Our pledge for increased climate benefit

By 2040, the forest industry’s climate benefit shall increase 30 per cent.

Photo: Jonas Westling

Reduced emissions and increased carbon storage are two key tools to counteract global warming.

Reduced emissions and increased carbon storage are two key tools to counteract global warming. Both are addressed in the Kyoto Protocol and the Paris Agreement and are the basis for EU climate laws and Sweden’s domestic climate legislation.

Through forestry and with fossil-free products, we contribute to keeping emissions down and to a high level of carbon storage. To highlight this contribution, we use a model that incorporates three components:

  • Sequestration: Climate benefit of carbon sequestration from growing forests, forest- based products, and biogenic carbon dioxide capture.
  • Substitution: Climate benefit of wood-based products and energy use replacing fossil-intensive alternatives.
  • Fossil emissions: Climate impact of the forest sector’s value chain, mainly transport.

The forest industry’s climate benefit. The forestry industry’s annual climate benefit currently amounts to approximately 93 million tonnes of carbon dioxide equivalents (CO2e). The sector’s ambition is to increase this climate benefit by 30 per cent, to 122 million CO2e by 2040. Much of this gain is likely to be achieved through increased substitution.

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Steps along the way

Increase carbon sequestration by five million tonnes

The road towards greater carbon sequestration is through increased growth in the forest, which in turn produces more wood-based products with long lifespans. We can also achieve this through investment in biogenic carbon dioxide capture. This can in turn be used to manufacture electro-fuels and other new products.

By 2040, the forest industry will be able to contribute by sequestering five million more tonnes of carbon a year compared to 2020.

Increase substitution by 20 million tonnes

Fossil-free products from Swedish forests will increasingly replace fossil-intensive products and fuels. This is where the forest industry can increase its climate benefit the most. By developing processes and products, a greater proportion of the raw material will become sawn timber and other important products such as packaging, clothing, hygiene products, fuels and new products. We already use the entire tree, but we can increase climate benefits even further by continually improving the efficiency with which we use every part of the tree.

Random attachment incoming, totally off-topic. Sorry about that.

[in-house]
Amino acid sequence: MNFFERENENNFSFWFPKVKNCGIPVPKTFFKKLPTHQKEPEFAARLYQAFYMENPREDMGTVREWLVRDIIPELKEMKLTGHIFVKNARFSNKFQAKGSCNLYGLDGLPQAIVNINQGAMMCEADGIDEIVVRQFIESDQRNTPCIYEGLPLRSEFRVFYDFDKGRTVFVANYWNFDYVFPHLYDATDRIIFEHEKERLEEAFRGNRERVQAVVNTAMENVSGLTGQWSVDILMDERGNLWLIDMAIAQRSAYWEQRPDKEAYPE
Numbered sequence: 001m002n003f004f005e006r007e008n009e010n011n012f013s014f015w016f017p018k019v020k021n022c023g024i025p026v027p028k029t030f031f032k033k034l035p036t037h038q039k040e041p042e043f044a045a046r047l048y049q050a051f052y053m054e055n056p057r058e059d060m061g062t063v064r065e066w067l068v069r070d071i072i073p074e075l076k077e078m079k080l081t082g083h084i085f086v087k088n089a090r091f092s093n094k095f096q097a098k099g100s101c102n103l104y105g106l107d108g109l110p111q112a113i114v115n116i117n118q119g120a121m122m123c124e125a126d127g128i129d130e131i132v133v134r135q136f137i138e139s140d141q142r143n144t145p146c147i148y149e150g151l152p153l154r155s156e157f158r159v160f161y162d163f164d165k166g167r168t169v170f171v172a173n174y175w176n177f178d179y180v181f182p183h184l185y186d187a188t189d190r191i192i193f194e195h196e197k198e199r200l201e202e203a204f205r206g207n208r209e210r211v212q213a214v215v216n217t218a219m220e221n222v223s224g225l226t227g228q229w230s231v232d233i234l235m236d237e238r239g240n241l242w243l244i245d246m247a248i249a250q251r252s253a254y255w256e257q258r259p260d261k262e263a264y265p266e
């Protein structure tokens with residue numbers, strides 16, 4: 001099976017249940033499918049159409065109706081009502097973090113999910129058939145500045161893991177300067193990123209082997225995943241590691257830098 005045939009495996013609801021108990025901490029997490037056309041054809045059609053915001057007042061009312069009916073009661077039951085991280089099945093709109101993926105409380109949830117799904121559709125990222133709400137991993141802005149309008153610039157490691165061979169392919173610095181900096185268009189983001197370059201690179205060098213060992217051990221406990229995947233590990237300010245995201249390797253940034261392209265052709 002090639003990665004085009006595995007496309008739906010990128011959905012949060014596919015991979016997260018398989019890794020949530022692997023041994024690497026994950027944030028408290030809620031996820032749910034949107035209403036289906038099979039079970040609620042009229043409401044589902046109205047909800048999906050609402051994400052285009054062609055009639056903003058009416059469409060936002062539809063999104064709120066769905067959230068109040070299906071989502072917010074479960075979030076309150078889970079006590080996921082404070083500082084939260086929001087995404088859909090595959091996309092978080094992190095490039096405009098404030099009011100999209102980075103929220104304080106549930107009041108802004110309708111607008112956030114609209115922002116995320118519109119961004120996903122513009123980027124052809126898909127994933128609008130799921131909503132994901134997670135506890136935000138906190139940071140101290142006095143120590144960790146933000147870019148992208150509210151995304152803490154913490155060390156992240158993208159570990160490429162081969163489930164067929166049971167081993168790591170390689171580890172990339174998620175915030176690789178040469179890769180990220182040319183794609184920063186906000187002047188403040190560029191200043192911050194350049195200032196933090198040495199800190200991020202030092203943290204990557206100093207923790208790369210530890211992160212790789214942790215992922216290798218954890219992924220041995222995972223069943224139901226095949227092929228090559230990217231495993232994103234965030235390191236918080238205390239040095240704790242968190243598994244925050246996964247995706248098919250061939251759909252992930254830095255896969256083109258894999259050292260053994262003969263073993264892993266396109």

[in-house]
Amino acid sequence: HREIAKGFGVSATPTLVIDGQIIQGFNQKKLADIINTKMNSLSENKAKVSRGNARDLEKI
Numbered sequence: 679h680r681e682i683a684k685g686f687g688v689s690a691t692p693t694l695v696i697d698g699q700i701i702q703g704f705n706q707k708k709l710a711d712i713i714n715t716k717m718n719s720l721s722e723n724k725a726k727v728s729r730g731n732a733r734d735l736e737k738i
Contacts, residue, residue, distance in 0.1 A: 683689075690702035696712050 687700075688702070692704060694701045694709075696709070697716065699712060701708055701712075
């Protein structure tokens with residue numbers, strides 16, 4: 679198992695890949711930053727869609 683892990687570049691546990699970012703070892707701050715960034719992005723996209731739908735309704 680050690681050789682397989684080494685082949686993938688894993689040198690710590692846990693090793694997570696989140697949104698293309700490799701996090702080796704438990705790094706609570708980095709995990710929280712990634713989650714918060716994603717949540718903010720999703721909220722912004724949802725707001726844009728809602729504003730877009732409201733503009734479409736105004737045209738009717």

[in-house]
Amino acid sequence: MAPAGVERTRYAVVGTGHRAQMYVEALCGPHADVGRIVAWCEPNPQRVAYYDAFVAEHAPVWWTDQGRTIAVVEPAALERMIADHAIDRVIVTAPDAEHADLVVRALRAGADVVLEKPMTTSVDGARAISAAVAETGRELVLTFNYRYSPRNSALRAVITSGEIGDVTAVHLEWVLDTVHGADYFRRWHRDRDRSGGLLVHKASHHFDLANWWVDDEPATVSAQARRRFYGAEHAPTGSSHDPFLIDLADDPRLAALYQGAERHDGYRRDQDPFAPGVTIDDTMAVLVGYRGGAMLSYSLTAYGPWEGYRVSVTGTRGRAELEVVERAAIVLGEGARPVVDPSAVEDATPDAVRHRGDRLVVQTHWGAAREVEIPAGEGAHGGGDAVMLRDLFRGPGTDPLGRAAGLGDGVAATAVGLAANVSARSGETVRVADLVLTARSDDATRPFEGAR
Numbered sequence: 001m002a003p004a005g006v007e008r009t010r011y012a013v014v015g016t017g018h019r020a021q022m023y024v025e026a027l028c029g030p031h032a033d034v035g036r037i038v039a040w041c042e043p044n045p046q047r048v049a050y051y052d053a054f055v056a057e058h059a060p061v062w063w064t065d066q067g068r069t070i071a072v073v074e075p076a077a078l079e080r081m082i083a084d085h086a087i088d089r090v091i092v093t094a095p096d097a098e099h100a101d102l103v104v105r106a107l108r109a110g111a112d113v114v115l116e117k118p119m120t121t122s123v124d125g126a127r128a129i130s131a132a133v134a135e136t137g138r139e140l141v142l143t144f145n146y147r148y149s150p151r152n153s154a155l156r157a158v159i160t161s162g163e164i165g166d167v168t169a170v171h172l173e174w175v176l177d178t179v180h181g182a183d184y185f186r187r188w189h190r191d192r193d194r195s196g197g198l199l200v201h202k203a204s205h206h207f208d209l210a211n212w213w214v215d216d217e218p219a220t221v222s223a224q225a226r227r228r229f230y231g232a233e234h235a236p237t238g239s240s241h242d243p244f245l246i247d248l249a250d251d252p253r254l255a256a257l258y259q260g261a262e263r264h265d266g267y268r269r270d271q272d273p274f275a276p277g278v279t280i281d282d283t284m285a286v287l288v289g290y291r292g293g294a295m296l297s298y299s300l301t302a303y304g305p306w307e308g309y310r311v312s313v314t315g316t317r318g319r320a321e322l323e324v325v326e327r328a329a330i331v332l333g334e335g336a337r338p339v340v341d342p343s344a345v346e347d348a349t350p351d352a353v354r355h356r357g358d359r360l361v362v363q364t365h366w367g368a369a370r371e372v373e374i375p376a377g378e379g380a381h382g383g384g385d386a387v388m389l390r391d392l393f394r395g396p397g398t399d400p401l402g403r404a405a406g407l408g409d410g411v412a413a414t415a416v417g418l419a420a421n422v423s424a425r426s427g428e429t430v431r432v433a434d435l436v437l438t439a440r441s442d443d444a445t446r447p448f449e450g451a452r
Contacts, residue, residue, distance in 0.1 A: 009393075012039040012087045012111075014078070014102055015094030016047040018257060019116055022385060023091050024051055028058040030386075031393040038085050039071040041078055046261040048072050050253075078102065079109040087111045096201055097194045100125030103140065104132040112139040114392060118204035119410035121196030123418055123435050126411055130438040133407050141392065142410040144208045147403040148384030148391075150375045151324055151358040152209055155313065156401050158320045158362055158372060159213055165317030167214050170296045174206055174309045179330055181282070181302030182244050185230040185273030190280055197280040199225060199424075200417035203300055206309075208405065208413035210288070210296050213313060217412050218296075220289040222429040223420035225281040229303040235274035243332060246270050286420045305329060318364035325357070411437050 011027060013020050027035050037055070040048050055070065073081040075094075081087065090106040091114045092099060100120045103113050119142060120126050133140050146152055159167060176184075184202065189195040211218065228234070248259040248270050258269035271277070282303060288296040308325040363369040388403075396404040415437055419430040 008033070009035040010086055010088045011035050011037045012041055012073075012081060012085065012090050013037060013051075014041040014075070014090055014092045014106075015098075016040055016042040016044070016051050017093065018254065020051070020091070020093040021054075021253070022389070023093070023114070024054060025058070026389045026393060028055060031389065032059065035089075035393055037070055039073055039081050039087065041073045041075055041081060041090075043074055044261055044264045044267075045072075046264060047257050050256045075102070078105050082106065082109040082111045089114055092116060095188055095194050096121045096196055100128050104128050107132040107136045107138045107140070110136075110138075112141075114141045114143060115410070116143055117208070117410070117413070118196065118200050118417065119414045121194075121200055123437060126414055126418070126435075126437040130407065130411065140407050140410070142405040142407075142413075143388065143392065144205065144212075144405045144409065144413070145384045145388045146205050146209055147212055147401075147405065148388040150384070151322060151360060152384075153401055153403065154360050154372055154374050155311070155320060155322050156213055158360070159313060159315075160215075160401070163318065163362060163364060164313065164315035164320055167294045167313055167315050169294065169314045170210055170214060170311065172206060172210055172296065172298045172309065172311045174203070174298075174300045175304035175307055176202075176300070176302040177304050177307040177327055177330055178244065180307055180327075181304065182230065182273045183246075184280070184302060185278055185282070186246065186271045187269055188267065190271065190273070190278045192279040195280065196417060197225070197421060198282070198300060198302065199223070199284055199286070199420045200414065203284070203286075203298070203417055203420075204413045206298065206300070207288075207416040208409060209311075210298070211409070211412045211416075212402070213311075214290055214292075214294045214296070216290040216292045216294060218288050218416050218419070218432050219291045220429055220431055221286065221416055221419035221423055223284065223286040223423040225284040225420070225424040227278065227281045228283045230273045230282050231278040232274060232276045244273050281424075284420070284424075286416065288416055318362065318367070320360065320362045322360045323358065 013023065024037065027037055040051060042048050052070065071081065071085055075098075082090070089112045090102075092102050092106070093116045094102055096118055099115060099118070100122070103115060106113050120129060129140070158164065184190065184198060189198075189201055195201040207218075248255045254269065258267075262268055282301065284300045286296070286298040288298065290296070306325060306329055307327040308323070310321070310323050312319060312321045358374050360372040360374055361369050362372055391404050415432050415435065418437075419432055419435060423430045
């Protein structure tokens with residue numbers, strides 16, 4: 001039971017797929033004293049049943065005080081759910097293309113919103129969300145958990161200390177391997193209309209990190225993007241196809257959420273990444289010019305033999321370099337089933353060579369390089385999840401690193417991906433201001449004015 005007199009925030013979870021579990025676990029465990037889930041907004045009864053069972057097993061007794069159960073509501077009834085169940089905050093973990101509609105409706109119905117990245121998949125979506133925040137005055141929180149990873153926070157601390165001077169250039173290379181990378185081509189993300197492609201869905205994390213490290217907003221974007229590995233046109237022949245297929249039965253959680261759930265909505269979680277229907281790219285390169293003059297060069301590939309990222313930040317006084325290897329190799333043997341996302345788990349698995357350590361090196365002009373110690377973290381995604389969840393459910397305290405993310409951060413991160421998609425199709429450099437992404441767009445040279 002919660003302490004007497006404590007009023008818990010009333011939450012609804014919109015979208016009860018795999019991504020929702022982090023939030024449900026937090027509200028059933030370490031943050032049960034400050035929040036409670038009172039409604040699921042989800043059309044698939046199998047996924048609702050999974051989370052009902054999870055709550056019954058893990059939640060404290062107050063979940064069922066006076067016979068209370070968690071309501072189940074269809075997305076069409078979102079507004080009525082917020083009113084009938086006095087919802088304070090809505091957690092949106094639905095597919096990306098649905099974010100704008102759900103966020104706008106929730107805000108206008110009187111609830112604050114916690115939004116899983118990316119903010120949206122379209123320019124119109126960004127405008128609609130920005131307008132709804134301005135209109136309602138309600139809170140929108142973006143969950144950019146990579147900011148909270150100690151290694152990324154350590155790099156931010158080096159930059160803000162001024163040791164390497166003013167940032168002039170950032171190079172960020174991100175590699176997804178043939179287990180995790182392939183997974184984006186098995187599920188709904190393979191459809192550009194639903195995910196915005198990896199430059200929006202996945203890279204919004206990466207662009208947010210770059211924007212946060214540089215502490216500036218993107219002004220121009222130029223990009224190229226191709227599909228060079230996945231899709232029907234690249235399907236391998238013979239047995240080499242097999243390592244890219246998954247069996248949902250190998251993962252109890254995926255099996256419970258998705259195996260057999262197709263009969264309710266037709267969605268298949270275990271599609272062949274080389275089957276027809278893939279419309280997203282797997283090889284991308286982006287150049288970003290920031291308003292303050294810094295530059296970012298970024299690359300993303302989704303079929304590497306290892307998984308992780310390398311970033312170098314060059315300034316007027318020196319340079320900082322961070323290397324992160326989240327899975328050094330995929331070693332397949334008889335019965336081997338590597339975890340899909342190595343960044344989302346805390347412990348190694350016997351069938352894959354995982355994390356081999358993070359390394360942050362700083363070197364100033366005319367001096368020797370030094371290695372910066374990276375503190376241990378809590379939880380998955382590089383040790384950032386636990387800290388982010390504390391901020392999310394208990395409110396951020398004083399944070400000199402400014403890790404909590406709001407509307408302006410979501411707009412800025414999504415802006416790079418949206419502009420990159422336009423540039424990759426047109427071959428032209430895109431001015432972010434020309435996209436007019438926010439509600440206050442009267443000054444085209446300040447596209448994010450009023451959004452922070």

Increased resource efficiency also includes the use of waste. Some waste arises in the forest industry that is difficult to find uses for. From pulp and paper mills, this is mainly ash and various types of sludge. The industry must intensify its efforts to find solutions for how such waste can be converted into products. Waste from other industries, such as textiles, can become inputs in our production and thus contribute to a more resource-efficient and circular use of raw materials and other substances.

In 2040, the forest industry shall contribute to an additional 20 million tonnes in increased substitution a year compared to 2020.

Zero fossil emissions

Fossil emissions from the Swedish forest industry must be reduced from today’s four million tonnes of carbon dioxide a year to zero. This will be possible when we reorganise our land-based domestic transport. 

Key conditions

For the forest industry to fulfil its pledges, we will need help along the way. Here are some key conditions. Together, we are shaping the future!

  • More research and knowledge on the importance of substitution
    effects in climate initiatives.
  • Introduce limits for products’ climate impact.
  • Increase research in process and product development.
  • More joint investments for increased growth in the forest sector, including the development of management methods and the reduction of grazing damage from wild animals.
  • Greater access to fossil-free electricity throughout Sweden. Investments in the capture and product extraction of biogenic carbon dioxide will require extremely large amounts of electricity.